The Maxine Inspector is the essential all-in-one companion tool for Open Source Maxine VM development. It plays many roles:
- object, class, and method browser;
- code views include disassembled machine code, disassembled bytecode, and source;
- low-level debugger (imagine gdb or dbx) with visual displays of threads, registers, stacks, stack frames, thread local values, breakpoints, memory watchpoints, etc.;
- intermediate representation debugger;
- source-level Java debugger (eventually); and
- serviceability agent (eventually).
|This short (5 minute) 2009 video appearing at the right describes the goals of the inspector and highlights some of the ways in which it makes Maxine VM development highly productive.
For a much longer (33 minute) technical discussion of the Inspector and its relation to the Maxine project, please see the video recording of Michael Van De Vanter's presentation at the 2010 JVM Language Summit.
Please be aware that the Inspector is very much a work in progress, as is the Maxine VM itself. The two have co-evolved and will continue to do so as the design of the VM matures and the concerns of the developers expand. Functionality is constantly being improved and extended, so there are already places where the current system differs from what you will find here.
More discussion and more detailed documentation follows below.
In addition to enhancing the productivity of our own development team, the Maxine Inspector is part of our strategic goal of making VM experimentation more accessible to a wider audience. By leveraging the meta-circularity of the VM itself (and sharing a great deal of the VM's source code), the Inspector makes it possible to visualize concisely many aspects of VM state that are elusive and widely distributed in other systems. These same advantages also make it possible to debug the VM with a single tool, highly specialized for this purpose.
Debugging virtual machines (VMs) presents unique challenges, expecially for a meta-circular VM, such as Maxine, that is self-implemented in the same language it implements. Making sense of Maxine's runtime state requires interaction simultaneously at the source, bytecode, and machine code abstraction levels, and it must leverage knowledge of the VM's design. Specific issues include:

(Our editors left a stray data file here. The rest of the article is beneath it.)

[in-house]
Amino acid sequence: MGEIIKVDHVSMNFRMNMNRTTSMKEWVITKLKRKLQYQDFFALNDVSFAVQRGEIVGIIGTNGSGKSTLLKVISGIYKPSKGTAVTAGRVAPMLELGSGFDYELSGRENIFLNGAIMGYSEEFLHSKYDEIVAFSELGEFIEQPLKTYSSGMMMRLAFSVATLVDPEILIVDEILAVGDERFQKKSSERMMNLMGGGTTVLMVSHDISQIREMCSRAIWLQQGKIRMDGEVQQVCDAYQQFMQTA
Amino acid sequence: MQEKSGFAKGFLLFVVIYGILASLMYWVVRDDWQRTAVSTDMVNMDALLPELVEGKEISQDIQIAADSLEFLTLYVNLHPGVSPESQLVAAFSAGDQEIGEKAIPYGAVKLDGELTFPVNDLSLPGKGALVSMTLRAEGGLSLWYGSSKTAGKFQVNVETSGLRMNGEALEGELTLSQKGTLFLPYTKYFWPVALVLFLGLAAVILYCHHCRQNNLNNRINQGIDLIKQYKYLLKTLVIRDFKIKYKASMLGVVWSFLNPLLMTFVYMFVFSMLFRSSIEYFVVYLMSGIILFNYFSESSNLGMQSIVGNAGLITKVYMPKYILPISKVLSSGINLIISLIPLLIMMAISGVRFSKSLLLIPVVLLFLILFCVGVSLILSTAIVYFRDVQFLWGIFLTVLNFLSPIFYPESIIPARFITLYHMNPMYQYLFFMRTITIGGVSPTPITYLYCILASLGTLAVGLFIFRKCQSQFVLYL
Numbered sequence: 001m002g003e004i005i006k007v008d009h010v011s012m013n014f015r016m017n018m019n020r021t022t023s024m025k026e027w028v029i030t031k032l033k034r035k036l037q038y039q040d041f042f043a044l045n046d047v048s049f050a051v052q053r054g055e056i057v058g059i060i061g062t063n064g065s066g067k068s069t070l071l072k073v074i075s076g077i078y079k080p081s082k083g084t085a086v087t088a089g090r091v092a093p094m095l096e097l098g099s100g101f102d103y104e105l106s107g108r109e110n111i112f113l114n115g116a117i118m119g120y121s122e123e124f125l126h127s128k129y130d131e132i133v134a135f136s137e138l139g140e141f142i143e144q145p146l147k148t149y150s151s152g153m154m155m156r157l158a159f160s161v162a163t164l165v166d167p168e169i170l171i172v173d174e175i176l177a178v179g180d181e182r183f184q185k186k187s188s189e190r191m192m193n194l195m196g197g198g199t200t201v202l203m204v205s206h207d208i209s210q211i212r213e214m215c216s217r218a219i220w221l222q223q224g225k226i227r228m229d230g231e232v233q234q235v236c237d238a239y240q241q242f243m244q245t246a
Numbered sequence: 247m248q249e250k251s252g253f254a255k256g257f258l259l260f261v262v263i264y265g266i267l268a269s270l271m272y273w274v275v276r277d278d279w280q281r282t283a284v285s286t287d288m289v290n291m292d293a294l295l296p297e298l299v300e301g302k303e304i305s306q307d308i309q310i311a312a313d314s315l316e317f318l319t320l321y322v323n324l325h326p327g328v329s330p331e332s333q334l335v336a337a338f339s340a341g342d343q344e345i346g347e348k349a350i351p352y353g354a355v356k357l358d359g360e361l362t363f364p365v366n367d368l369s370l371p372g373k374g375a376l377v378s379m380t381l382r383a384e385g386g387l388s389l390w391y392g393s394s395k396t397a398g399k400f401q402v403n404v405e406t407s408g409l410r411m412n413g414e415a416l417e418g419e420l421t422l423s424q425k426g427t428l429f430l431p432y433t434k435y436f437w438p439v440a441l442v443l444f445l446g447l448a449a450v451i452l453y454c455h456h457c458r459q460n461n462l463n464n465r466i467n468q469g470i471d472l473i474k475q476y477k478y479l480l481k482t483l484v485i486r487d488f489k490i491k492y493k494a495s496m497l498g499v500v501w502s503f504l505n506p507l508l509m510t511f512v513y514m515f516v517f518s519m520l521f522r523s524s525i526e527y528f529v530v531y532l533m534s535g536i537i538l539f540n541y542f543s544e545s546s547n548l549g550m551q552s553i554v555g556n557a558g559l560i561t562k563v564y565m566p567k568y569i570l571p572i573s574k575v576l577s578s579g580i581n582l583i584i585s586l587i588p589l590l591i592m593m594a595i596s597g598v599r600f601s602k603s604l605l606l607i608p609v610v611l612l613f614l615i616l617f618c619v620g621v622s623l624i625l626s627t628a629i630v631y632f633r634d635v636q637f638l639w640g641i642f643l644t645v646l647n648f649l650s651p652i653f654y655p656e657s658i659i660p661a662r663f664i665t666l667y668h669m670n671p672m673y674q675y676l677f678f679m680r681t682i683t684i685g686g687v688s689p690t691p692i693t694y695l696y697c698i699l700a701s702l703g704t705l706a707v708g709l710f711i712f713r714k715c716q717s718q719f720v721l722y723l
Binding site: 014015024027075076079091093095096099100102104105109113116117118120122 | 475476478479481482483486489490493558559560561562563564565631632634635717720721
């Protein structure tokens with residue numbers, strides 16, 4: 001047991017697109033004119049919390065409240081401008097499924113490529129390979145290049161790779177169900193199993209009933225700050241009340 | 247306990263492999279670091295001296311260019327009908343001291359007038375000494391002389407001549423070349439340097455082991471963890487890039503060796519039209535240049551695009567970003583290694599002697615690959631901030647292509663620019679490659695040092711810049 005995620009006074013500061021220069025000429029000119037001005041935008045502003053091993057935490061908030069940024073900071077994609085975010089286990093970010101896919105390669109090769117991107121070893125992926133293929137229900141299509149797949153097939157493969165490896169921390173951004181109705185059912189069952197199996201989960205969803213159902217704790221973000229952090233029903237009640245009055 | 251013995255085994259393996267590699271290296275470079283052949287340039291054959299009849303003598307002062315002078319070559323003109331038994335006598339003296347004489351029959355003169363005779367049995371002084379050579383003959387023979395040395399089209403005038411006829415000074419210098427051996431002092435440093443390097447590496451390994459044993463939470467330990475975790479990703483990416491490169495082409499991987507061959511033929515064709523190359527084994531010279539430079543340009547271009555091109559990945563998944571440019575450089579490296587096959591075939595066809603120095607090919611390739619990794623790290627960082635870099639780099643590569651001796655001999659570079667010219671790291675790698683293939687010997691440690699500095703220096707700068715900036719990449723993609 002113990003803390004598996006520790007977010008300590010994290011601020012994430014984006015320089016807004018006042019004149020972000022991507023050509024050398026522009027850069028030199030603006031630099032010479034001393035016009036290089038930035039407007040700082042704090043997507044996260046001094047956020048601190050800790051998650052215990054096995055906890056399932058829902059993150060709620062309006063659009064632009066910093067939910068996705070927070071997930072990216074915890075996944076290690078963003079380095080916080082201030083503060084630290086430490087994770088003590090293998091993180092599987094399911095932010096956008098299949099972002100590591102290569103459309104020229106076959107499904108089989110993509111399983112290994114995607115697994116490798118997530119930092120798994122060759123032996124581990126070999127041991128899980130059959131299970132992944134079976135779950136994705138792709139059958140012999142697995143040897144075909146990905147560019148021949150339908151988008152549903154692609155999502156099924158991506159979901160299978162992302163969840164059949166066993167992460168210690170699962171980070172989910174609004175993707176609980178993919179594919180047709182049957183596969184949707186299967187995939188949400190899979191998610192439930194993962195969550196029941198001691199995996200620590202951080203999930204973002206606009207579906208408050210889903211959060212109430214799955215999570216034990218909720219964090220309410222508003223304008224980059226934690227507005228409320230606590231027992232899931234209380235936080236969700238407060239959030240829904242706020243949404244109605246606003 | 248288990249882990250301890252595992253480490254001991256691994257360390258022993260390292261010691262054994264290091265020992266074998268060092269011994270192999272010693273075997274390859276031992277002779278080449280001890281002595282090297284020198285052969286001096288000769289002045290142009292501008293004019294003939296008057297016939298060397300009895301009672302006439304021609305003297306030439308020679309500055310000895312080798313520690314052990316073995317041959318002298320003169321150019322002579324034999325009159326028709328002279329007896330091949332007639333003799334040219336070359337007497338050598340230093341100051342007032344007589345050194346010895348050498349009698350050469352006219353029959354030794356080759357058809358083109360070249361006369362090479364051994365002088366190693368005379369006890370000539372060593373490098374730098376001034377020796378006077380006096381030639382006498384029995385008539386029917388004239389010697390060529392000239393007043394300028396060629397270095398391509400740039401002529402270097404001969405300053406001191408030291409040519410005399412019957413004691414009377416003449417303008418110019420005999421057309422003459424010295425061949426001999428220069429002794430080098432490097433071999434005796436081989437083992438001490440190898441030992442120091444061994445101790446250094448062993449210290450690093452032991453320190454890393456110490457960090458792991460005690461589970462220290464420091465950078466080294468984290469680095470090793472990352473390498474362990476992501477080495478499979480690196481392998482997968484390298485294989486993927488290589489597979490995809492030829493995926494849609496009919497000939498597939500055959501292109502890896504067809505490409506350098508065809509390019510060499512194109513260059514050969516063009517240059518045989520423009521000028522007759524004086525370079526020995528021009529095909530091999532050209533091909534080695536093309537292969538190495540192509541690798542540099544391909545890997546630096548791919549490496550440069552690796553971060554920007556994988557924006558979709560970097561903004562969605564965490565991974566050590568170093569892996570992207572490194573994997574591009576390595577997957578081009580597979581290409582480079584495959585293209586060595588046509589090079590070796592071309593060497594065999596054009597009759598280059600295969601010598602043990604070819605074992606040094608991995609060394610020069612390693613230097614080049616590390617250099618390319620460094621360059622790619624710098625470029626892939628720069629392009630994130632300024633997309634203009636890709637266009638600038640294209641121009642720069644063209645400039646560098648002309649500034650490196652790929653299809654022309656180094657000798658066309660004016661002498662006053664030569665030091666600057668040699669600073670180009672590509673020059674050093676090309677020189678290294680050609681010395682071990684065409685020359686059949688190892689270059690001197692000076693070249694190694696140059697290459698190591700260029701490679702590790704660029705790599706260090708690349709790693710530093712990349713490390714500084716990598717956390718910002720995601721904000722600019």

- Maxine VM code must be largely optimized statically, not only for ordinary performance reasons, but also in order to be able to bootstrap the VM at all.
- Dynamic optimization at runtime can be applied to the VM's own implementation, not just application code.
- Mapping optimized code locations back to bytecode and source locations is not generally possible without onerous limitations.
- Dynamically de-optimizing code for debugging can be effective for application code, but only when the VM can be assumed correct.
- Debugging the VM itself, however, requires scrutinizing its lowest-level, most optimized code representations and runtime machine state.
- Special considerations arise when debugging garbage collection, for example the Inspector's dependence on the VM's meta-information about classes, methods, etc., which are represented as ordinary Java objects in the heap; garbage collection, however, routinely breaks the heap invariants that make those objects accessible.
- Good debugging support is paramount for a VM intended for experimentation and fast prototyping.
The Maxine Inspector addreses these concerns, supporting comprehensive inspection and interaction at all program representation levels.
- Finally, these services must be available to developers in a wide variety of contexts: examining a pre-execution boot image, examining and controlling a live VM process (local or remote), and post-mortem examination of a VM core dump.
Furthermore, the Inspector's design exploits the fact that it is implemented in the same language that the VM implements and is implemented in; this gives rise to many code reuse opportunities. For example, the same mechanisms used by the VM's boot image generator, which allow the creation of objects in the binary runtime format for a potentially different platform, can be used by the Inspector to examine binary runtime state for a potentially different platform than the Inspector's host.
The Inspector source code is part of the Maxine VM repository. It will download and build automatically with the rest of the Maxine code, as described on the Maxine VM Home Page. See also Inspector-specific issues on various platforms.
The best way to learn about the Inspector (and about many aspects of the Maxine VM) is to start up the Inspector on a simple VM session. For a beginner's introduction, however, the following pages introduce specific aspects of the Inspector's operation, in some cases with short video segments. The pages are threaded in a sequence so that you can navigate through them in order if you are new to the Inspector.